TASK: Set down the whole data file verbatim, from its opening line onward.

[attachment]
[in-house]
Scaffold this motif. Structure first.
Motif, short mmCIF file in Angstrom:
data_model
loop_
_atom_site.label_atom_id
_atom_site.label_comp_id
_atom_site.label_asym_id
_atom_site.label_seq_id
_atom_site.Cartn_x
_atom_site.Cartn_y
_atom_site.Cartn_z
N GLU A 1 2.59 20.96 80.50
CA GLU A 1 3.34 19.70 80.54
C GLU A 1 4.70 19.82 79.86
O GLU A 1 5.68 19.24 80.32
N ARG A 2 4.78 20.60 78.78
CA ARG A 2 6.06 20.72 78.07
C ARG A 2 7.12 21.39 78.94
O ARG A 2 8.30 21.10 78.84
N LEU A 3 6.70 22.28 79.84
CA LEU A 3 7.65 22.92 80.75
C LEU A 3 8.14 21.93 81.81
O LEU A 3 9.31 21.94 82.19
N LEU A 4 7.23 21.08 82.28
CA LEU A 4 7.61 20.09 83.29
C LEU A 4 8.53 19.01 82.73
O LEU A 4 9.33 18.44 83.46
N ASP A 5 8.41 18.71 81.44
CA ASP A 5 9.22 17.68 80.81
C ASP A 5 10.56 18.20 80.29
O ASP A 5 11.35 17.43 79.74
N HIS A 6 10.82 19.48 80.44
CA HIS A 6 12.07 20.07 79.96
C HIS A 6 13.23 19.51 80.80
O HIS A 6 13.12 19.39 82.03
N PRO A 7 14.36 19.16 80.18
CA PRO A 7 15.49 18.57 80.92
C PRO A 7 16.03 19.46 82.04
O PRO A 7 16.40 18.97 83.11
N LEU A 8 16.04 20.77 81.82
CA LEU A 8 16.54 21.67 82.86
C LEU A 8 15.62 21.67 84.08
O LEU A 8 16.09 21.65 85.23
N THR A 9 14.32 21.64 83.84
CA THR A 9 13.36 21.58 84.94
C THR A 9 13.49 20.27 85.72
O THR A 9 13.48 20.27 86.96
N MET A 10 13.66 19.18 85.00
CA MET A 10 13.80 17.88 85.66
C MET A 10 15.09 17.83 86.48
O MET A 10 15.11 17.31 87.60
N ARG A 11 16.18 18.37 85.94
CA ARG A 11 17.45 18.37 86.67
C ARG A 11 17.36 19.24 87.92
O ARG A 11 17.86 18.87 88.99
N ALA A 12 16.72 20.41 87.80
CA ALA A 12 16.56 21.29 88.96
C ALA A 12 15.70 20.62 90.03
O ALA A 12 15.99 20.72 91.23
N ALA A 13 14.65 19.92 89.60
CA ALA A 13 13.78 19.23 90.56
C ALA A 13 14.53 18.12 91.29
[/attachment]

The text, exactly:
[in-house]
Scaffold this motif. Structure first.
Motif, short mmCIF file in Angstrom:
data_model
loop_
_atom_site.label_atom_id
_atom_site.label_comp_id
_atom_site.label_asym_id
_atom_site.label_seq_id
_atom_site.Cartn_x
_atom_site.Cartn_y
_atom_site.Cartn_z
N GLU A 1 2.59 20.96 80.50
CA GLU A 1 3.34 19.70 80.54
C GLU A 1 4.70 19.82 79.86
O GLU A 1 5.68 19.24 80.32
N ARG A 2 4.78 20.60 78.78
CA ARG A 2 6.06 20.72 78.07
C ARG A 2 7.12 21.39 78.94
O ARG A 2 8.30 21.10 78.84
N LEU A 3 6.70 22.28 79.84
CA LEU A 3 7.65 22.92 80.75
C LEU A 3 8.14 21.93 81.81
O LEU A 3 9.31 21.94 82.19
N LEU A 4 7.23 21.08 82.28
CA LEU A 4 7.61 20.09 83.29
C LEU A 4 8.53 19.01 82.73
O LEU A 4 9.33 18.44 83.46
N ASP A 5 8.41 18.71 81.44
CA ASP A 5 9.22 17.68 80.81
C ASP A 5 10.56 18.20 80.29
O ASP A 5 11.35 17.43 79.74
N HIS A 6 10.82 19.48 80.44
CA HIS A 6 12.07 20.07 79.96
C HIS A 6 13.23 19.51 80.80
O HIS A 6 13.12 19.39 82.03
N PRO A 7 14.36 19.16 80.18
CA PRO A 7 15.49 18.57 80.92
C PRO A 7 16.03 19.46 82.04
O PRO A 7 16.40 18.97 83.11
N LEU A 8 16.04 20.77 81.82
CA LEU A 8 16.54 21.67 82.86
C LEU A 8 15.62 21.67 84.08
O LEU A 8 16.09 21.65 85.23
N THR A 9 14.32 21.64 83.84
CA THR A 9 13.36 21.58 84.94
C THR A 9 13.49 20.27 85.72
O THR A 9 13.48 20.27 86.96
N MET A 10 13.66 19.18 85.00
CA MET A 10 13.80 17.88 85.66
C MET A 10 15.09 17.83 86.48
O MET A 10 15.11 17.31 87.60
N ARG A 11 16.18 18.37 85.94
CA ARG A 11 17.45 18.37 86.67
C ARG A 11 17.36 19.24 87.92
O ARG A 11 17.86 18.87 88.99
N ALA A 12 16.72 20.41 87.80
CA ALA A 12 16.56 21.29 88.96
C ALA A 12 15.70 20.62 90.03
O ALA A 12 15.99 20.72 91.23
N ALA A 13 14.65 19.92 89.60
CA ALA A 13 13.78 19.23 90.56
C ALA A 13 14.53 18.12 91.29